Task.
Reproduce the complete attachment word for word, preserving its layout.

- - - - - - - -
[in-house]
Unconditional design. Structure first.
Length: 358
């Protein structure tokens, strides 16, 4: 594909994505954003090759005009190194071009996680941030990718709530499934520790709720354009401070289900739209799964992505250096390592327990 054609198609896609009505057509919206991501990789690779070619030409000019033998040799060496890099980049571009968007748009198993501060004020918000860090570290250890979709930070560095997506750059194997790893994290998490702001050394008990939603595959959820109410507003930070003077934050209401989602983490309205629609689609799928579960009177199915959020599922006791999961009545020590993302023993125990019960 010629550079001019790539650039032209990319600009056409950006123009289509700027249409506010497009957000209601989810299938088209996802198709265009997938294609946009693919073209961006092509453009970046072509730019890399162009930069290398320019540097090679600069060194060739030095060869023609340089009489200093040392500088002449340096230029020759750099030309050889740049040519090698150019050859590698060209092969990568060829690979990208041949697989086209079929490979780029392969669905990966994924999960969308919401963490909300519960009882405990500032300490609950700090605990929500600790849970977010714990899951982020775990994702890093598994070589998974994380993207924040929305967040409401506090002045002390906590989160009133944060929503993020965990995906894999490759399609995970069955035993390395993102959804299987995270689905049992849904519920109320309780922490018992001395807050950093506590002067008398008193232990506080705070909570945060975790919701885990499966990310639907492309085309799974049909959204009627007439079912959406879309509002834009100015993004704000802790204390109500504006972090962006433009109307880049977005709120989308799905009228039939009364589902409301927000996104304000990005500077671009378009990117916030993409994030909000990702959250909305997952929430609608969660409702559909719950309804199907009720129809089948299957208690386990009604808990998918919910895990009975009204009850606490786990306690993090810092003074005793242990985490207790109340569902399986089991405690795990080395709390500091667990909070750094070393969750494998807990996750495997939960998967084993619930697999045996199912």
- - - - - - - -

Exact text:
[in-house]
Unconditional design. Structure first.
Length: 358
């Protein structure tokens, strides 16, 4: 594909994505954003090759005009190194071009996680941030990718709530499934520790709720354009401070289900739209799964992505250096390592327990 054609198609896609009505057509919206991501990789690779070619030409000019033998040799060496890099980049571009968007748009198993501060004020918000860090570290250890979709930070560095997506750059194997790893994290998490702001050394008990939603595959959820109410507003930070003077934050209401989602983490309205629609689609799928579960009177199915959020599922006791999961009545020590993302023993125990019960 010629550079001019790539650039032209990319600009056409950006123009289509700027249409506010497009957000209601989810299938088209996802198709265009997938294609946009693919073209961006092509453009970046072509730019890399162009930069290398320019540097090679600069060194060739030095060869023609340089009489200093040392500088002449340096230029020759750099030309050889740049040519090698150019050859590698060209092969990568060829690979990208041949697989086209079929490979780029392969669905990966994924999960969308919401963490909300519960009882405990500032300490609950700090605990929500600790849970977010714990899951982020775990994702890093598994070589998974994380993207924040929305967040409401506090002045002390906590989160009133944060929503993020965990995906894999490759399609995970069955035993390395993102959804299987995270689905049992849904519920109320309780922490018992001395807050950093506590002067008398008193232990506080705070909570945060975790919701885990499966990310639907492309085309799974049909959204009627007439079912959406879309509002834009100015993004704000802790204390109500504006972090962006433009109307880049977005709120989308799905009228039939009364589902409301927000996104304000990005500077671009378009990117916030993409994030909000990702959250909305997952929430609608969660409702559909719950309804199907009720129809089948299957208690386990009604808990998918919910895990009975009204009850606490786990306690993090810092003074005793242990985490207790109340569902399986089991405690795990080395709390500091667990909070750094070393969750494998807990996750495997939960998967084993619930697999045996199912």